San Francisco has been in COVID-19 'red zone' for 7 weeks, health director says

ByAlix Martichoux and Melanie Woodrow KGO logo
Wednesday, August 12, 2020
SF in COVID-19 'red zone' for 7 weeks straight
New COVID-19 cases have San Francisco in the "red zone" for seven weeks. As of Tuesday, SF had 7,692 confirmed coronavirus cases and 67 related deaths. Hospitalizations have dipped slightly.

SAN FRANCISCO (KGO) -- The coronavirus crisis in San Francisco is far from over, Mayor London Breed emphasized in a press conference Tuesday.

As of Tuesday, San Francisco had 7,692 confirmed coronavirus cases and 67 related deaths. Hospitalizations have dipped slightly since last week, with 88 people currently being treated for the virus.

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"We see the numbers declining, but that doesn't mean we don't have several people every day testing positive for the virus," said Mayor Breed.

Every day, the city has seen at least 50 new confirmed COVID-19 cases.

"Anything above 50 new cases a day puts us in the 'red zone,' on our highest alert, and we have been there for the past seven weeks," said Health Director Dr. Grant Colfax.

MORE: San Francisco Mayor London Breed announces cuts to police in new city budget

Breed and Colfax hammered the importance of wearing masks and socially distancing in order to get the virus under control.

"From our contact tracers, we know that many people are contracting the virus because they're having family gatherings, birthday parties and other events," said Mayor Breed.

"Today is my birthday and I wish I could have a birthday party," she continued. "And you know what I'm going to do? I'm going to socially distance and talk to people on Zoom."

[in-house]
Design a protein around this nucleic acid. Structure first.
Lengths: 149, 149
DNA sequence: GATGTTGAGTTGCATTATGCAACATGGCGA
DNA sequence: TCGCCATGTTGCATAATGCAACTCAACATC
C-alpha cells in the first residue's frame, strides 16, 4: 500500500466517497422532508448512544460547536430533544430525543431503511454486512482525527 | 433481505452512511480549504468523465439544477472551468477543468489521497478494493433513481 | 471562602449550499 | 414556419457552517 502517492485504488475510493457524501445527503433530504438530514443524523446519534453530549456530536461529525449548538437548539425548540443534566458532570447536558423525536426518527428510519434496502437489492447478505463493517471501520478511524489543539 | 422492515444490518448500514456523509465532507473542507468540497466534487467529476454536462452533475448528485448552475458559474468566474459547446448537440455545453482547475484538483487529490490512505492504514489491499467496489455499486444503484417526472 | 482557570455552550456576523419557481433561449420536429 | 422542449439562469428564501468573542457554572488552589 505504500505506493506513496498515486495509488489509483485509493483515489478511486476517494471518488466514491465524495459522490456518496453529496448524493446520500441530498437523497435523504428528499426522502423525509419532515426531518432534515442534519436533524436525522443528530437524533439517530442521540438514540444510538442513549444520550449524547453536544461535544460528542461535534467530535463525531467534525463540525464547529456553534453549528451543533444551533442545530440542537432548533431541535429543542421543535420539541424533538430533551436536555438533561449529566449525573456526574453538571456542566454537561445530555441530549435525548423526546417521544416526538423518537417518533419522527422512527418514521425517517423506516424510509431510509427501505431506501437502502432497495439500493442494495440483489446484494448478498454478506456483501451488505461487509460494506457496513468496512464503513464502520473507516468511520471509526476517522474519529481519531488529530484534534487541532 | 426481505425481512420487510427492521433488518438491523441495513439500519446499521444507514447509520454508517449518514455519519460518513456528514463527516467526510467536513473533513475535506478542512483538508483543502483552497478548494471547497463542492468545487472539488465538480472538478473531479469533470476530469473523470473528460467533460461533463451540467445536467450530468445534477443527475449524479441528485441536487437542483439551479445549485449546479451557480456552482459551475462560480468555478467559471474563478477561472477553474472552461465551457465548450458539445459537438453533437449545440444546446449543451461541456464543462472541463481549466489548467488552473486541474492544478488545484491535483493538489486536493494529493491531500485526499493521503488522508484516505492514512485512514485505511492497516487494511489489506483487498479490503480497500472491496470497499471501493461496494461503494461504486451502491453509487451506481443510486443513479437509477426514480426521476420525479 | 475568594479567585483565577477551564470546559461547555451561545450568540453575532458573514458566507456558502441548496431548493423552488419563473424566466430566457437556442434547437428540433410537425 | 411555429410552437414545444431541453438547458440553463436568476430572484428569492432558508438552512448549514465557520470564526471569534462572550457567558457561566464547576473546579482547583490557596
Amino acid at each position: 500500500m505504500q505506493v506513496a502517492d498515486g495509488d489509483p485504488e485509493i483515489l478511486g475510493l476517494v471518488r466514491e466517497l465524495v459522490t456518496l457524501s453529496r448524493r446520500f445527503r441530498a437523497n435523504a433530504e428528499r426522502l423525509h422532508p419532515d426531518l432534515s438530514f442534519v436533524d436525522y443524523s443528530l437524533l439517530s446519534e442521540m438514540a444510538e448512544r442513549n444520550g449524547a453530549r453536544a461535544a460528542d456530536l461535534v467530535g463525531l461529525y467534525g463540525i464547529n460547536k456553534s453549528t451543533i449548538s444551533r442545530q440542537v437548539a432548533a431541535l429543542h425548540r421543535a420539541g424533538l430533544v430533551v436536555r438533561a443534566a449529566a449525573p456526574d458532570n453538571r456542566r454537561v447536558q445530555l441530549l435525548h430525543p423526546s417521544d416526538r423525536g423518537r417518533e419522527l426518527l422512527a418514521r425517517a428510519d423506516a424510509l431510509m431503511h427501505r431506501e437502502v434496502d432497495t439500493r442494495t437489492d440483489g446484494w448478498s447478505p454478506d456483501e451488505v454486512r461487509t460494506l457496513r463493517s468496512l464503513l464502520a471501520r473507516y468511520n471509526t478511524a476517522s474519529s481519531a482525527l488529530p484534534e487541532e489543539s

The Mayor admitted most of us didn't expect to still be wearing masks and socially distancing in August.

"Part of why we are investing $446 million in this upcoming budget to respond to COVID has everything to do with the understanding that we are going to be living with this for some time," said Mayor Breed.

To that end, the mayor revealed the budget break-down; $16.5 million for emergency communications and operations, $184.9 million for health operations, $61.8 million for food security and human services and $182.9 million for housing and shelter programs.

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The budget is based on the assumption that there will not be a surge in COVID-19 cases. If that were to happen, Mayor Breed said, more resources would need to be diverted.

The budget also assumes continued reimbursements by FEMA.

While Mayor Breed says we've come a very long way.

"The fact is there's still a lot of work to be done," said Mayor Breed.

As health officials manage the financial resources needed for testing, housing and health services, they continue to implore residents to do their part.

"Together we have the power to save lives and crush that curve," said Dr. Grant Colfax.

When asked about recent delays in testing results, Dr. Colfax said while the city had fallen behind due to increased demand a few weeks ago, it was now caught up and looking to further expand testing.

The city leaders said getting out of the "red zone" and getting off the state's watch list were both necessary before resuming reopening of salons, schools and other businesses.

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